The outstanding feature of the this theme is the tritone. (Don't let your eyes glaze over while I get technical.) If the theme is in C major, we can describe it as C-G-F#, that dissonant F# (a tritone) standing out in its peculiarity and becoming the most important recurring theme of the music. Okay, so your eyes did glaze over? I'm talking about that very cool, funny sounding note which you will hear right away and which will reappear in different forms. You'll be humming it.
The Korngold Violin Concerto In D Major performed by Hillary Hahn, first movement.
The first movement is in Sonata-allegro form (If you don't know what that is by now, go back and read our Koscar-nominated first diary!) It begins with the main theme in D major, that melody with the tritone, lush and broad. The second, alternating theme in the key of A comes in at 3:14, more introspective, serious and touching.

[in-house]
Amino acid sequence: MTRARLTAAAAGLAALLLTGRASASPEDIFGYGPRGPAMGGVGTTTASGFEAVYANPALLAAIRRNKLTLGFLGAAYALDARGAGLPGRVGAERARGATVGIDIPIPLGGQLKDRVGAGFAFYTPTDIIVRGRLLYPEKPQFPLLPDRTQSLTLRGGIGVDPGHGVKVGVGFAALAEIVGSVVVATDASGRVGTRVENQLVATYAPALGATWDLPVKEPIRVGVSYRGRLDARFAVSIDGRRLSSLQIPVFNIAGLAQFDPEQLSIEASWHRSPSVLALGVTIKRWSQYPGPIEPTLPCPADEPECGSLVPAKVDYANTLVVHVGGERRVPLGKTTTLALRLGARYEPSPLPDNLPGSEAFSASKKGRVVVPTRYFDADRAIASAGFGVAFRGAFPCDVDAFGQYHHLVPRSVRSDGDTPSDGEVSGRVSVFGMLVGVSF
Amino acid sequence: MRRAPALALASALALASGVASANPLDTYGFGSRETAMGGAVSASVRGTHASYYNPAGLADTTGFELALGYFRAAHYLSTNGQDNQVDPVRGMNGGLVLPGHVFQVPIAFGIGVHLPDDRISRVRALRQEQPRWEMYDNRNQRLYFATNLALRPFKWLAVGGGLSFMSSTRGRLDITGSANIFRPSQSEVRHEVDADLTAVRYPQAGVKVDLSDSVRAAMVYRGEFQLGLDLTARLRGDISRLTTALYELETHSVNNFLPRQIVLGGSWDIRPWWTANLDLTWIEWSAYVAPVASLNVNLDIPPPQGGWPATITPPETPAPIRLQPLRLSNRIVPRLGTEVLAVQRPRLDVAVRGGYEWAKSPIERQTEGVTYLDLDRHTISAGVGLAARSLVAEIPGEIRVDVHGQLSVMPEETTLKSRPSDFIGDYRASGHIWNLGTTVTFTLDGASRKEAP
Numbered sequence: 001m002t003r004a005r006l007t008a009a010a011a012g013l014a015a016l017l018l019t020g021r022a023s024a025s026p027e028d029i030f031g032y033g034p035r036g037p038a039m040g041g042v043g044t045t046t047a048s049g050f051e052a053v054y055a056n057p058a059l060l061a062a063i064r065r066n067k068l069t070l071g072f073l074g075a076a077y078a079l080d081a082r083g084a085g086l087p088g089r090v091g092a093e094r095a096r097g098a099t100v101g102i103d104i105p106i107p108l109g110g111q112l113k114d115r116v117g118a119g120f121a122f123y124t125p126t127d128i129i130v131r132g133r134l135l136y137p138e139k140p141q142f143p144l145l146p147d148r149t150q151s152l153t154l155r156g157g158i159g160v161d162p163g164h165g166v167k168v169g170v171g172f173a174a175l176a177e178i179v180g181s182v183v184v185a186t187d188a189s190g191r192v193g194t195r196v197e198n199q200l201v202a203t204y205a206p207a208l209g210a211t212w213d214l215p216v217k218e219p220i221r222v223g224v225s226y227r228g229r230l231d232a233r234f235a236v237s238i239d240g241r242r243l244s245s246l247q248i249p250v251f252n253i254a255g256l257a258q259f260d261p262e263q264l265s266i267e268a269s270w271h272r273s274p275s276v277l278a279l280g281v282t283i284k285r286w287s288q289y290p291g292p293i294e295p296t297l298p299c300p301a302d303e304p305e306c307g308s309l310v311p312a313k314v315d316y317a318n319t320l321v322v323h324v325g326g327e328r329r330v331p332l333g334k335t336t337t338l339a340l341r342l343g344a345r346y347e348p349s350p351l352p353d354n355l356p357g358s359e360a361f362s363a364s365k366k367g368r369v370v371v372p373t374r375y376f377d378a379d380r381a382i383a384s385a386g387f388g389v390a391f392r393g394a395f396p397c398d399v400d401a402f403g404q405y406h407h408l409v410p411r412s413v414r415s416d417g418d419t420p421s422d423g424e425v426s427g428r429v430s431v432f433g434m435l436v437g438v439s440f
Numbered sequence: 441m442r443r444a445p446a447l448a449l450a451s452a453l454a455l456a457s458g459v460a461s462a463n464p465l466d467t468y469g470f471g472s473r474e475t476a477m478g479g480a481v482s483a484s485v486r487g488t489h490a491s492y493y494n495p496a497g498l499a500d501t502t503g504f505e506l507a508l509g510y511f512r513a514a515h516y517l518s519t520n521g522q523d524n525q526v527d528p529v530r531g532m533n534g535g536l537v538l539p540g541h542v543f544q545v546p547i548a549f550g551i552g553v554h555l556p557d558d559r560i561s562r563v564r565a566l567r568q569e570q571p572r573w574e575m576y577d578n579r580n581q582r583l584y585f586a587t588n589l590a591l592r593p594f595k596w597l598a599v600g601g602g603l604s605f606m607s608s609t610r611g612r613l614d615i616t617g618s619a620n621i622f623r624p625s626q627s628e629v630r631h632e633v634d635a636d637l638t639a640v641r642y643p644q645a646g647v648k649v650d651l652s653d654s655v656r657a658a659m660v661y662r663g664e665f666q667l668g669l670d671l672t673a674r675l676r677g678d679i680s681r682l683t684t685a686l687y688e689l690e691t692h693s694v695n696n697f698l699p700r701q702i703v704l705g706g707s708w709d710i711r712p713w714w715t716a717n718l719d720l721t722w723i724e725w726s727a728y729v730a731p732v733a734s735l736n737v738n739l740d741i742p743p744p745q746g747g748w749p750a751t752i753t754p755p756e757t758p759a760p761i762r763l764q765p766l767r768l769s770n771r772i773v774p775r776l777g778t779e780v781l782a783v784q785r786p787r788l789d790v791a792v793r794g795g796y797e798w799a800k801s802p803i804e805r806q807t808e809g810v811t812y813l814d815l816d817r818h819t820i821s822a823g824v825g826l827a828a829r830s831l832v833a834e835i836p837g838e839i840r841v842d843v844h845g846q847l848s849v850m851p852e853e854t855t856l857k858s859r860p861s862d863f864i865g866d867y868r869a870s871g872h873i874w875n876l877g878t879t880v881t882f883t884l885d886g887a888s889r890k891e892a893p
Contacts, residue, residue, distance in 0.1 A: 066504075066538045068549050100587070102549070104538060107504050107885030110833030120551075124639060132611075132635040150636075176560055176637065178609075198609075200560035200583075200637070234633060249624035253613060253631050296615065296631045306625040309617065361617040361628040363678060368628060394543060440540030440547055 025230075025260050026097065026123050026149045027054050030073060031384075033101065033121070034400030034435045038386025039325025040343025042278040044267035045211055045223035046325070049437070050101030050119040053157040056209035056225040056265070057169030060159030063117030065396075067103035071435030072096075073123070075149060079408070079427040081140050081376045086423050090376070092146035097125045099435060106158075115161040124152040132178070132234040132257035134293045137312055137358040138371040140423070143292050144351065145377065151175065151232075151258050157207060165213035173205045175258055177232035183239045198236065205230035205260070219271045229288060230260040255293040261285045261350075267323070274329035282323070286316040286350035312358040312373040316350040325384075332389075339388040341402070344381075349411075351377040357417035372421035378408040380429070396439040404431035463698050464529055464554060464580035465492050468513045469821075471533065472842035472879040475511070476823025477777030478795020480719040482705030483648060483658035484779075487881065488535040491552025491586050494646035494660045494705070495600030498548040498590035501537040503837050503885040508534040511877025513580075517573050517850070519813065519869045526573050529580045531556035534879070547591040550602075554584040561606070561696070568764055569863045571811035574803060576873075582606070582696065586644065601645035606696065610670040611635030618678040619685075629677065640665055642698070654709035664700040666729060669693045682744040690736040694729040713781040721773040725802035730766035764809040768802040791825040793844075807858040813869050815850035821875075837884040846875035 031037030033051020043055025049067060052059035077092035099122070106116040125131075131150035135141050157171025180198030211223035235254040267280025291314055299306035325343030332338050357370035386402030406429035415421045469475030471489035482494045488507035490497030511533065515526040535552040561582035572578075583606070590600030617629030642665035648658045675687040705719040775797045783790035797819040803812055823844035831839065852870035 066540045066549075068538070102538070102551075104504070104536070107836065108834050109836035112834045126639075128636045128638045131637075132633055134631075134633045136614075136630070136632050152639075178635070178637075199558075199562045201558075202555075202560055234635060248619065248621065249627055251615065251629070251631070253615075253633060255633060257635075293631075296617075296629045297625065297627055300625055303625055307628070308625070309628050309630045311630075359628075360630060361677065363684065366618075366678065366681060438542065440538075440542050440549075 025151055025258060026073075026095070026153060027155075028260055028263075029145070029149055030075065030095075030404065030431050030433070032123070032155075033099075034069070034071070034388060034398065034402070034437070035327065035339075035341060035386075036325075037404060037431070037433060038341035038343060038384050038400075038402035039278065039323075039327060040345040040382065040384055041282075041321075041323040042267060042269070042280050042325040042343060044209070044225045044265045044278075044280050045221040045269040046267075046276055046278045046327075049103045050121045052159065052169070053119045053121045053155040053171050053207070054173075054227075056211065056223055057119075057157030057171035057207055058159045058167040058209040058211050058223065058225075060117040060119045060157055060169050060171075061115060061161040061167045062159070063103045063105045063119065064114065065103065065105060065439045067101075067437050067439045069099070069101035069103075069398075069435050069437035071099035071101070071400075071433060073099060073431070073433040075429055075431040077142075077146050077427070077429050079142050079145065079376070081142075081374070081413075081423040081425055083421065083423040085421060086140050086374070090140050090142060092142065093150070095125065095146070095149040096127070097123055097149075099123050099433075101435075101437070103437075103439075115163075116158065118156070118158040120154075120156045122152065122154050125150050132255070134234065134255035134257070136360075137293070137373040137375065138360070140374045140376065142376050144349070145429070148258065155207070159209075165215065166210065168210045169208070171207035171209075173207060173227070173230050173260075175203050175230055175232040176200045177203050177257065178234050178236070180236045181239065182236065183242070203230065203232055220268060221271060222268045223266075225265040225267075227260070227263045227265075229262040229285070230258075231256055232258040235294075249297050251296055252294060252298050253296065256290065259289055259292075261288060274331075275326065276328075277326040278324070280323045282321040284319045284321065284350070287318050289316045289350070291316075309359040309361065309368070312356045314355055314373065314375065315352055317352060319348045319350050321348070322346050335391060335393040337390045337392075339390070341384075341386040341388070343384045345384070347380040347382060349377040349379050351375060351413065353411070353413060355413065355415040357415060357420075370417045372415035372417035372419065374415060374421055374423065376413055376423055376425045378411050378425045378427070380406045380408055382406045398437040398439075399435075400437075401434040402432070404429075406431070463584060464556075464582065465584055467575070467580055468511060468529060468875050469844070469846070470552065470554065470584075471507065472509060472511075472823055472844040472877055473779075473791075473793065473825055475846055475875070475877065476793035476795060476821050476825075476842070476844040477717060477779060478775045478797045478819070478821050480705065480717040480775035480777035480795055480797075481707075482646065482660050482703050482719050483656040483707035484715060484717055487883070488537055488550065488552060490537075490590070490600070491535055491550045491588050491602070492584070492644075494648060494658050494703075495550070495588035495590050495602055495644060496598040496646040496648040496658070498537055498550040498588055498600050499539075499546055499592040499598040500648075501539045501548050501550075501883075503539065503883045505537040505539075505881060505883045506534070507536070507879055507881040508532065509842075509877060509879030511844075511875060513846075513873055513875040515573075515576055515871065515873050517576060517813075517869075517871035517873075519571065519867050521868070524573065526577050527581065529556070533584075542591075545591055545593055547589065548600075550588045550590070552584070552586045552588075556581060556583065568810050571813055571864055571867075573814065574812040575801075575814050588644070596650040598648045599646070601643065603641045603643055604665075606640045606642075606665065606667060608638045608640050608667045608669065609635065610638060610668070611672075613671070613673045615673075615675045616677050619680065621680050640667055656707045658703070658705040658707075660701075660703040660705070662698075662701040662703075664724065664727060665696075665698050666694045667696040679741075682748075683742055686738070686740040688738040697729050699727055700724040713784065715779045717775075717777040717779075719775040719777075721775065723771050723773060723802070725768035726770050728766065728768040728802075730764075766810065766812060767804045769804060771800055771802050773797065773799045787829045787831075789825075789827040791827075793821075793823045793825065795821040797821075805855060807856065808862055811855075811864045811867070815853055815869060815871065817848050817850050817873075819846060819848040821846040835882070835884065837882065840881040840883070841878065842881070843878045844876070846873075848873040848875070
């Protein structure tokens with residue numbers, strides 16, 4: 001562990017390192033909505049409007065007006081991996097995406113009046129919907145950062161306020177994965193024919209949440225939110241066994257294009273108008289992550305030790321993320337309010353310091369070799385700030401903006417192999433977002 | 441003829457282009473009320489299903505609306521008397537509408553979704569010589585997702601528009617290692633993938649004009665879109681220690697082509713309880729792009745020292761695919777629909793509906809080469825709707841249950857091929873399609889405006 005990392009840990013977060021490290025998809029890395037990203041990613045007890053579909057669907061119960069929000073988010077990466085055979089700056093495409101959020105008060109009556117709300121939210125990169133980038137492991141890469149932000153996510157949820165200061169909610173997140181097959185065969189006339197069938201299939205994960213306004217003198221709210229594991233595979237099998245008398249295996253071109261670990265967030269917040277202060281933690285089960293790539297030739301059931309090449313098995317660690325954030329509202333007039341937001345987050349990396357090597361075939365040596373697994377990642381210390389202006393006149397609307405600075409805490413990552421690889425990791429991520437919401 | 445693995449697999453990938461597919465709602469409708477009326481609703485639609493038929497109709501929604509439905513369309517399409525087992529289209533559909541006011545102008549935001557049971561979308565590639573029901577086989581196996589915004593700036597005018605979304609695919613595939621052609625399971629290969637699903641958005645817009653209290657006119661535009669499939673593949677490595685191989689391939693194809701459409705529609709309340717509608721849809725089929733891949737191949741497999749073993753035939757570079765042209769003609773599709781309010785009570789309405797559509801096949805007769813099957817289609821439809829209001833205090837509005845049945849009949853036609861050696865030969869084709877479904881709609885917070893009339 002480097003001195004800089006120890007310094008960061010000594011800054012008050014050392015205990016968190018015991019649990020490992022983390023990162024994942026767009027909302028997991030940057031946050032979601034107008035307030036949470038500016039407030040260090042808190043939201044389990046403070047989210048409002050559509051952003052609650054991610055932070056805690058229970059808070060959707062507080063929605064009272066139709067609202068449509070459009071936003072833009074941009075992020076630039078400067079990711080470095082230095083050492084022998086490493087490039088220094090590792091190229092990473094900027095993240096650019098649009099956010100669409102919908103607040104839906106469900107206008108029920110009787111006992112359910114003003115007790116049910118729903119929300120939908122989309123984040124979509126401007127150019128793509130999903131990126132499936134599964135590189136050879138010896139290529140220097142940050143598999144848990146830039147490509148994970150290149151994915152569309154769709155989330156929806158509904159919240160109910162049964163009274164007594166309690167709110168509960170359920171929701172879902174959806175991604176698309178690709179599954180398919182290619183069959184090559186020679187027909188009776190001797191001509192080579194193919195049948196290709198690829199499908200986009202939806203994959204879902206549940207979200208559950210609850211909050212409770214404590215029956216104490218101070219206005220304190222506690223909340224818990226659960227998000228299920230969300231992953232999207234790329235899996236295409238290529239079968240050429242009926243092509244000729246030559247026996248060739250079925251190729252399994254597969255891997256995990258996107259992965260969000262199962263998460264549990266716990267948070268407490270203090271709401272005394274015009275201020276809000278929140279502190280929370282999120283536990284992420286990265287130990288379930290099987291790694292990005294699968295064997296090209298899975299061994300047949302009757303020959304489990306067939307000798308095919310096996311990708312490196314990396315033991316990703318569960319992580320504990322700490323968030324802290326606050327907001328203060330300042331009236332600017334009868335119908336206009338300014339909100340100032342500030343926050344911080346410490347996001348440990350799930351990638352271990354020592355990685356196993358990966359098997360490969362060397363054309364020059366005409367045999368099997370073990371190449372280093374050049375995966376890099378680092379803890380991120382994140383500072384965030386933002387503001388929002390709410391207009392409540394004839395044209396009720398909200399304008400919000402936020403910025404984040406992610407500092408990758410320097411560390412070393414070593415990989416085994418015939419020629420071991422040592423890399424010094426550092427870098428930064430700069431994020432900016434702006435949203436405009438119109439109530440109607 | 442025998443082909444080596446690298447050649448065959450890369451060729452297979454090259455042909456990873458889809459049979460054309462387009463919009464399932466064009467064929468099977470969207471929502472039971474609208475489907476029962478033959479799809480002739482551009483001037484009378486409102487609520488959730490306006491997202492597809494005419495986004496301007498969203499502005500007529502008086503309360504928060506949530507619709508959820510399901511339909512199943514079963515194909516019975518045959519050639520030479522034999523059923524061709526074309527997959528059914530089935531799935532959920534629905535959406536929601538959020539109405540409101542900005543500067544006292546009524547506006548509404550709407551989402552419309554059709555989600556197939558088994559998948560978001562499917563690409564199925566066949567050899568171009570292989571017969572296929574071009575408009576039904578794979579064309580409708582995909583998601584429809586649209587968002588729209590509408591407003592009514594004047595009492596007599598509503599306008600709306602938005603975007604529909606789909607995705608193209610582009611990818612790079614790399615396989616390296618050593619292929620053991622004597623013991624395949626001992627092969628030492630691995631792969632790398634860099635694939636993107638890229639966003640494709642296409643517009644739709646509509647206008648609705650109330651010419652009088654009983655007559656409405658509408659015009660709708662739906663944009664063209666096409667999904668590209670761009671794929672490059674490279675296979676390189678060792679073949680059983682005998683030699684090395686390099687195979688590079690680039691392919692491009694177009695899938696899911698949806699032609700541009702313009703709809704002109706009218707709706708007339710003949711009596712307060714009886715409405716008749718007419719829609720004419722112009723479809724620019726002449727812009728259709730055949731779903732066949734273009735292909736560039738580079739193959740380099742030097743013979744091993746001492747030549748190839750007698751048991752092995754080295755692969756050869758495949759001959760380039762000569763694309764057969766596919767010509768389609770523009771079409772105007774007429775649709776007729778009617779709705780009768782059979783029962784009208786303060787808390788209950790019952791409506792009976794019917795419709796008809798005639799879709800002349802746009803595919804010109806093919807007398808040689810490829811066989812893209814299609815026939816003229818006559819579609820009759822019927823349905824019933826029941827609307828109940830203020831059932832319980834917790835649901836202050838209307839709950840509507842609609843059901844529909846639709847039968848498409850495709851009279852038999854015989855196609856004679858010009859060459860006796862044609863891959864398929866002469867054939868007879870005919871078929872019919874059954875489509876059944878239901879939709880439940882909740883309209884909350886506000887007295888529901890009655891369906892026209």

The main theme pops its head back for a moment at 4:30 (in the key of C) to round off the exposition and prepare us for the development section, which begins with a long, tense, worrisome violin solo. In fact, the violin soloist carries the burden of most of the development. As it ends, a wonderful "film music" type of trilling segue tells us that we are coming back to D major and the recapitulation in D major.
As we come to the end of the first movement, notice in the clip how small the orchestra is compared to some of the late-romantic pieces we have covered. This is a rather modestly-sized orchestra for a man used to managing huge forces for his operas of the twenties. And as Robertson noted in his clip, Korngold wastes no part of this orchestra, giving all instruments key parts to play. Korngold was a master of orchestration, as one might expect of somebody who hard-labored their way through the Hollywood patronage system.